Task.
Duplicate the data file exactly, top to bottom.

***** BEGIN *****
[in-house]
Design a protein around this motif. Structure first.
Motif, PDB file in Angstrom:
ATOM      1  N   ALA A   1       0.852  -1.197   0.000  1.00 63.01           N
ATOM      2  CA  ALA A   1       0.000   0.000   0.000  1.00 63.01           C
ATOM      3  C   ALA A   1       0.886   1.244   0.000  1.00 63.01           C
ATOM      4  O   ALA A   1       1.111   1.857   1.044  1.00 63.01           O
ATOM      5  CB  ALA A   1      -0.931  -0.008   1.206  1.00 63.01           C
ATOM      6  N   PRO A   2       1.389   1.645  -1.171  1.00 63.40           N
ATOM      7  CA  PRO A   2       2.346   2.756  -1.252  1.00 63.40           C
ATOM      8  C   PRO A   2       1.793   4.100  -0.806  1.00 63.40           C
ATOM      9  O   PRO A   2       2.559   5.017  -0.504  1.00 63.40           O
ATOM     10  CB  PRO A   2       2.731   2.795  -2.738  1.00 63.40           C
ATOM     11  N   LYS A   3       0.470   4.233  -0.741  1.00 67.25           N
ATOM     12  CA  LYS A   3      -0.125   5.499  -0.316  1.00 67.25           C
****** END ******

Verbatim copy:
[in-house]
Design a protein around this motif. Structure first.
Motif, PDB file in Angstrom:
ATOM      1  N   ALA A   1       0.852  -1.197   0.000  1.00 63.01           N
ATOM      2  CA  ALA A   1       0.000   0.000   0.000  1.00 63.01           C
ATOM      3  C   ALA A   1       0.886   1.244   0.000  1.00 63.01           C
ATOM      4  O   ALA A   1       1.111   1.857   1.044  1.00 63.01           O
ATOM      5  CB  ALA A   1      -0.931  -0.008   1.206  1.00 63.01           C
ATOM      6  N   PRO A   2       1.389   1.645  -1.171  1.00 63.40           N
ATOM      7  CA  PRO A   2       2.346   2.756  -1.252  1.00 63.40           C
ATOM      8  C   PRO A   2       1.793   4.100  -0.806  1.00 63.40           C
ATOM      9  O   PRO A   2       2.559   5.017  -0.504  1.00 63.40           O
ATOM     10  CB  PRO A   2       2.731   2.795  -2.738  1.00 63.40           C
ATOM     11  N   LYS A   3       0.470   4.233  -0.741  1.00 67.25           N
ATOM     12  CA  LYS A   3      -0.125   5.499  -0.316  1.00 67.25           C